Gaddafi strikes town, rebels call for foreign help
BREGA, Libya |
BREGA, Libya (Reuters) - Libyan rebels repulsed a land and air offensive by Muammar Gaddafi's forces on Wednesday as the defiant leader warned foreign powers of "another Vietnam" if they intervened.
The U.S. government is already cautious about the prospect of imposing a "no-fly zone" over Libya, stressing the diplomatic and military risks involved, but has nevertheless moved two amphibious assault ships into the Mediterranean.
Rebels in their eastern bastion of Benghazi have called for U.N.-backed air strikes to halt attacks by African mercenaries they say Gaddafi is using against his own people.
Government troops, backed by air power, launched a dawn attack on Wednesday and briefly captured Brega, an oil export terminal 800 km (500 miles) east of Tripoli.
But opposition forces counter-attacked and took back the town they held for about a week, rebel officers said. They were ready to move west toward the capital, they said, if Gaddafi refuses to quit.
Basking in the adulation of loyalists in Tripoli, Libya's leader for the last 41 years, launched into a tirade against the "armed gangsters" he said were behind the unrest, part of a conspiracy to colonize Libya and seize its oil.
"We will enter a bloody war and thousands and thousands of Libyans will die if the United States enters or NATO enters," Gaddafi told Tripoli supporters at a gathering televised live.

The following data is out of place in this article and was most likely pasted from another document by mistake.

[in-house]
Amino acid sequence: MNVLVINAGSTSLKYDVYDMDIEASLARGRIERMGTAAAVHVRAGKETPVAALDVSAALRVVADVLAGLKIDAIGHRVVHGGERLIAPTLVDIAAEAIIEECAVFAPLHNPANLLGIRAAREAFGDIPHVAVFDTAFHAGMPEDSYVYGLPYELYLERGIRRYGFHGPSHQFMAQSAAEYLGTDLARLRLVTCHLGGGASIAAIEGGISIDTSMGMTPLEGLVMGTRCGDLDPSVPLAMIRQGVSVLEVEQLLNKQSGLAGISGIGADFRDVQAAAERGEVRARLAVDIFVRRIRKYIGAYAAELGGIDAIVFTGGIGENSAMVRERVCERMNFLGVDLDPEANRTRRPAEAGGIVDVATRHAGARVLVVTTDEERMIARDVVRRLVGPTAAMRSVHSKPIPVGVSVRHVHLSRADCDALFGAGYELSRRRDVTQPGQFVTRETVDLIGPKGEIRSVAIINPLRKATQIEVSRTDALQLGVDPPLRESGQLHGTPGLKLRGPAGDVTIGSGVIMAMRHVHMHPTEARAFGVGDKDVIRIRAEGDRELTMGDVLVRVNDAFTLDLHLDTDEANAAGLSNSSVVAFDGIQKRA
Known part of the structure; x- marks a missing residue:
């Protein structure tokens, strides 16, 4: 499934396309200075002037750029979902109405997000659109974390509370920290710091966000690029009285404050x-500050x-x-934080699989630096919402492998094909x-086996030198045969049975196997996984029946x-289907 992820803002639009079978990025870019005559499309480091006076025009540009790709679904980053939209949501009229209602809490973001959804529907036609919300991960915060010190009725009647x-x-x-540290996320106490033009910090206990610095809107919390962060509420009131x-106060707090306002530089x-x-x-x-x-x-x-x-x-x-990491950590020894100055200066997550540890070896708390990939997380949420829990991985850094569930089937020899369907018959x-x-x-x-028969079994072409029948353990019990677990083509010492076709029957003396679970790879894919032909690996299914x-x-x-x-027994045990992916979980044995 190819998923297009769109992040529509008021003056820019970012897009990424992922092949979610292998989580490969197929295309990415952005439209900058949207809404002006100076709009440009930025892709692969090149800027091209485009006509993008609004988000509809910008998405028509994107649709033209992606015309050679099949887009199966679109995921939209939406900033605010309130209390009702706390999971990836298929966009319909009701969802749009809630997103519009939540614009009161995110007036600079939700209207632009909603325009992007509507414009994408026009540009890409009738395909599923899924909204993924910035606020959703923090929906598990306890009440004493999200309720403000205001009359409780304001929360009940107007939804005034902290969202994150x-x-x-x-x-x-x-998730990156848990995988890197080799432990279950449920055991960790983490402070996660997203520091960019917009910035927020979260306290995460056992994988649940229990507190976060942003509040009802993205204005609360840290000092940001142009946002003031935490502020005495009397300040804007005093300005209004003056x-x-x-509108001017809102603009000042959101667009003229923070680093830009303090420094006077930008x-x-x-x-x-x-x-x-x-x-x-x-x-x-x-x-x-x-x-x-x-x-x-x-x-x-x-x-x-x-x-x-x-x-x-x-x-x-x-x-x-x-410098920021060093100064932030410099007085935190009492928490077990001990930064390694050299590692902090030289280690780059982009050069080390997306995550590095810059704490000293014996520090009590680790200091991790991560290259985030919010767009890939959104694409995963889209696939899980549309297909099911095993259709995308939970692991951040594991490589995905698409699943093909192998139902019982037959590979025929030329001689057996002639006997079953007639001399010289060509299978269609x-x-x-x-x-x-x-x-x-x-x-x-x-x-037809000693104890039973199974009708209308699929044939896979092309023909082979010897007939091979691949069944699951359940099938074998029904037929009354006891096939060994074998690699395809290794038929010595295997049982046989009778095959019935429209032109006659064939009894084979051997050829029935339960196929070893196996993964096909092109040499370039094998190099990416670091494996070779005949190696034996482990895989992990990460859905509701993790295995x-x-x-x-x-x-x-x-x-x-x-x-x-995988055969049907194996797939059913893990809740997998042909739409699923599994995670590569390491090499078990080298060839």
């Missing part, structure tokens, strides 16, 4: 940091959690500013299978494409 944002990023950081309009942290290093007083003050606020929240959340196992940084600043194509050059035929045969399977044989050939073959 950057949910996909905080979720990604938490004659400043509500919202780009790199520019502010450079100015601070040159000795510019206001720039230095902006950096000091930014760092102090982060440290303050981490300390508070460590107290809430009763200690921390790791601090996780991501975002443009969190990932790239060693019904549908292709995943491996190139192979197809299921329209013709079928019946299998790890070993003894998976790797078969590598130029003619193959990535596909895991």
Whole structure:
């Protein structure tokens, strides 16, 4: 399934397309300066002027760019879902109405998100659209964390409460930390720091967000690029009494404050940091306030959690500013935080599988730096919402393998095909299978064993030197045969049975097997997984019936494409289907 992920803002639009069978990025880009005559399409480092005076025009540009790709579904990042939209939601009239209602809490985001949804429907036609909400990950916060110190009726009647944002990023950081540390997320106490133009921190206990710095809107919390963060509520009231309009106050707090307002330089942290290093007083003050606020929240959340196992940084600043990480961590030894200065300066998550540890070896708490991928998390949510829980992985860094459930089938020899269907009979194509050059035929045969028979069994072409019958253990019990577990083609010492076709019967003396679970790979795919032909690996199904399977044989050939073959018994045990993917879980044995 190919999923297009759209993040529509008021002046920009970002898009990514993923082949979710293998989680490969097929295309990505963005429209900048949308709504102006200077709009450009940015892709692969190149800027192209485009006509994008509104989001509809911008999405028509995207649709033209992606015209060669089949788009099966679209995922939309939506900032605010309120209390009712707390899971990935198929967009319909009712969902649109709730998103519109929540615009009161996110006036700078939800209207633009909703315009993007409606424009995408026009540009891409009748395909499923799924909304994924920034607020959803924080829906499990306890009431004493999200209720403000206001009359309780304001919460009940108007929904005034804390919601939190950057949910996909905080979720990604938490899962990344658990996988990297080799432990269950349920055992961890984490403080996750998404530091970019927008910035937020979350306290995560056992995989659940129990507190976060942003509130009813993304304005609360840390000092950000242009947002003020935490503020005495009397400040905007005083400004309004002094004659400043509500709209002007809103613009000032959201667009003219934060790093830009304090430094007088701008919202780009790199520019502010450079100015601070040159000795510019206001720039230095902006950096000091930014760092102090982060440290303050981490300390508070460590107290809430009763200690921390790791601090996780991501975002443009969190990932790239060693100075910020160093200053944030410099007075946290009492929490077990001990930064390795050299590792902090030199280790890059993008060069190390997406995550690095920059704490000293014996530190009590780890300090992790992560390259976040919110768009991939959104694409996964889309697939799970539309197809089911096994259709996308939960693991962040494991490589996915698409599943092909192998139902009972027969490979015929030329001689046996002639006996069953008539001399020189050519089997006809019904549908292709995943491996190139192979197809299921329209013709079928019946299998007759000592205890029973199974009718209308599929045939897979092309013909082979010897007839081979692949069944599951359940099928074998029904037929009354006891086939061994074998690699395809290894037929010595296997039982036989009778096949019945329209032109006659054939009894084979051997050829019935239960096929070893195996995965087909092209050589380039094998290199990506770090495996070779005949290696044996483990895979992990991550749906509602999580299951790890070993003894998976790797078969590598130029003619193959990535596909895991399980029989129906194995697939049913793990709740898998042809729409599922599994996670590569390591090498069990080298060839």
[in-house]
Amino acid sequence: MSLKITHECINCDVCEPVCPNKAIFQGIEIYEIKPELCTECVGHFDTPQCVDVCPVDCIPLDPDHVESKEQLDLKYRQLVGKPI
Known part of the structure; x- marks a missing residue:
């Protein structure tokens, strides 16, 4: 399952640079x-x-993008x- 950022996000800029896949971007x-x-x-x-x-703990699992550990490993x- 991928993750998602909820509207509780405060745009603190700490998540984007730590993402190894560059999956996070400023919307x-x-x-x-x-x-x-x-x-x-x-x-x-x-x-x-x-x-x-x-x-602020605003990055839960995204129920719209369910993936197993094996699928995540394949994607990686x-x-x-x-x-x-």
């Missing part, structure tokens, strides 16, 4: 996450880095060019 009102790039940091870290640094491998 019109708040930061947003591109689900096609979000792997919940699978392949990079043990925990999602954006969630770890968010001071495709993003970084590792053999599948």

"We are ready to hand out weapons to a million, or 2 million or 3 million, and another Vietnam will begin. It doesn't matter to us. We no longer care about anything."
Further bombing raids struck near the oil terminal in the afternoon. Estimates of the death toll during the day ranged between five and 14.
Oil prices surged to near recent 2-1/2 year highs due to fears the unrest could spread to other OPEC producers.
Gaddafi, who once said ballot box democracy was for donkeys, told the gathering in Tripoli the world did not understand he had given power to the people long ago.
"We put our fingers in the eyes of those who doubt that Libya is ruled by anyone other than its people," he said, referring to his system of "direct democracy" launched at a meeting attended by visiting Cuban leader Fidel Castro in 1977.
"SHOOT THEIR OWN PEOPLE"
A Tripoli resident and Gaddafi opponent, who did not want to be identified, told Reuters afterwards: "Gaddafi will hang on for a while. It's not going to be easy for an unarmed crowd to face highly armed forces eager to shoot their own people."
The assault on Brega appeared to be the most significant military operation by Gaddafi since the uprising erupted in mid-February and set off a confrontation that Washington says could descend into a long civil war unless Gaddafi steps down.
Witnesses said the attack was backed by heavy weapons and air strikes. One of the witnesses said Gaddafi's forces were 2-3 km from the city center and had 300-350 rebels pinned down at an oil industry airport on the city outskirts.
Hisham Mohammed, a 33-year-old mechanic on the side of the rebels, was defiant.
"I'm going to Brega to help our brothers there. I'm washed, I've prayed, and I'm ready to go to God," he told Reuters.
Analysts cautioned against drawing firm conclusions from fast moving events in a situation of erratic communications.
"The attack reinforces the idea that the government is capable of projecting power far into the east," said Shashank Joshi, an analyst at Britain's Royal United Services Institute.
"But we should keep in mind that both the government and the rebels are trying to spin an image of momentum."